This event was held on October 13, 2021 at 3:00 pm CT.
In October, we brought together researchers and decision makers to discuss Urban Heat Islands – a major health hazard associated with climate change facing Missouri’s urban populations. The roundtable discussion was co-hosted with the MOST Policy Initiative.
Due to climate change, Missouri has experienced an increase in average annual temperature and precipitation over the last half-century. These changes have led to heavy precipitation and flooding during the springtime, particularly on the Missouri and Mississippi Rivers and their tributaries. However, shifting rainfall patterns mean that summer droughts are likely to occur more frequently and with greater severity in the coming decades. Forest cover in the state is projected to decrease with rising temperatures. Agricultural production will be impacted by flooding and droughts, but also has the potential to mitigate climate change by promoting soil carbon sequestration. Urban areas are projected to experience increasingly poor air pollution and the impacts of urban heat islands as temperatures rise, leading to harmful effects on human health.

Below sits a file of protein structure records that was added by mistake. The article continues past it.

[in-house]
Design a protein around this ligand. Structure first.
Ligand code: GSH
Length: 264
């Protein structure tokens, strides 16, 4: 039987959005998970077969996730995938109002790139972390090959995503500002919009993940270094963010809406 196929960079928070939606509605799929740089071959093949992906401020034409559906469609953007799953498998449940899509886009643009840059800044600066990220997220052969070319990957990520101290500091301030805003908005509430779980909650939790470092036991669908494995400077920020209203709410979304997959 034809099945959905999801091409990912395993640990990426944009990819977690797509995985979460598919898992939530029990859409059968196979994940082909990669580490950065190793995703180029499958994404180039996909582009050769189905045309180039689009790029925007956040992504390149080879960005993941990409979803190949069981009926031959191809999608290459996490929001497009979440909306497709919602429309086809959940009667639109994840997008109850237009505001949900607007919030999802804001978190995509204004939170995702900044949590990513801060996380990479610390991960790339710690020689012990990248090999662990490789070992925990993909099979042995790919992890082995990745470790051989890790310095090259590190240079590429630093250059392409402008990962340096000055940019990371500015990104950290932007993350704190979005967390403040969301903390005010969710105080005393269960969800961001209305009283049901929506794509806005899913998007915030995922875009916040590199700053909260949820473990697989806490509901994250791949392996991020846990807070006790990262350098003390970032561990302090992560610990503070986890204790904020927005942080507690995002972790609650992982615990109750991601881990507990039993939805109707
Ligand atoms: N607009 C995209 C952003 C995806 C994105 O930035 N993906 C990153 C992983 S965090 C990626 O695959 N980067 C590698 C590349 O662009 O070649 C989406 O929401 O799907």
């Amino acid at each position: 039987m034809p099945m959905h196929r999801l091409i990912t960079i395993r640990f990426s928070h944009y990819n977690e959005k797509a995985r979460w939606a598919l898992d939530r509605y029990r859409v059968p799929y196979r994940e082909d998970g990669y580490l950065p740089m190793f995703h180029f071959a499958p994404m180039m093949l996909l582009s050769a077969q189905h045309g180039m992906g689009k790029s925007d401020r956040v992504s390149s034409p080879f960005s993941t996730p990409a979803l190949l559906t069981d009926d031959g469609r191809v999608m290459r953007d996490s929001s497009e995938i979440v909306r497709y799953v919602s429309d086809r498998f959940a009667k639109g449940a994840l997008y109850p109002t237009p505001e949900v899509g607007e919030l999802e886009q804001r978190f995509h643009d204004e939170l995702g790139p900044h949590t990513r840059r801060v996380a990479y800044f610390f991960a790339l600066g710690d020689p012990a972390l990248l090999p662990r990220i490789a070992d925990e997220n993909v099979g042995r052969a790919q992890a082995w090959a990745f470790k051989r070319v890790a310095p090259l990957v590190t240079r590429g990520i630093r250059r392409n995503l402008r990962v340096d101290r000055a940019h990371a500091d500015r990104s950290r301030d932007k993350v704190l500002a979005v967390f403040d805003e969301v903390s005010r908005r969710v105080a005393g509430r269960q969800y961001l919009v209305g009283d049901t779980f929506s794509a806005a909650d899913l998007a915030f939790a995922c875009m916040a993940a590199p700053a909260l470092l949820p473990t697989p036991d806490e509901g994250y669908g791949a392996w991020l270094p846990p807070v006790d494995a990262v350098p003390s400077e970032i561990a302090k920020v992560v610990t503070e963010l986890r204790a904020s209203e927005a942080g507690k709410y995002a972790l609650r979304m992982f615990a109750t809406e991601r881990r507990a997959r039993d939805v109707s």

Missouri does not have a statewide climate action plan; however, several municipalities and regions have developed local climate action and adaptation plans. In Kansas City, the Mid-America Regional Council and Climate Action KC are coordinating a carbon emissions inventory and subsequent climate action plan. This region is one of three regions that has joined the Global Covenant of Mayors (with Denver, CO, and Washington, DC). Several cities in St. Louis County have developed climate action plans (e.g., City of Creve Coeur), and the City of St. Louis has implemented several initiatives to combat climate change after completing a baseline inventory of carbon emissions in 2010.
In larger cities where local governments have not directly addressed climate change, community organizations work to support sustainable programs and practices. Additionally, researchers at the University of Missouri – Kansas City, Missouri State University, University of Missouri – Columbia, Washington University in St. Louis, St. Louis University, and University of Missouri – St. Louis are seeking solutions to local challenges in their respective communities.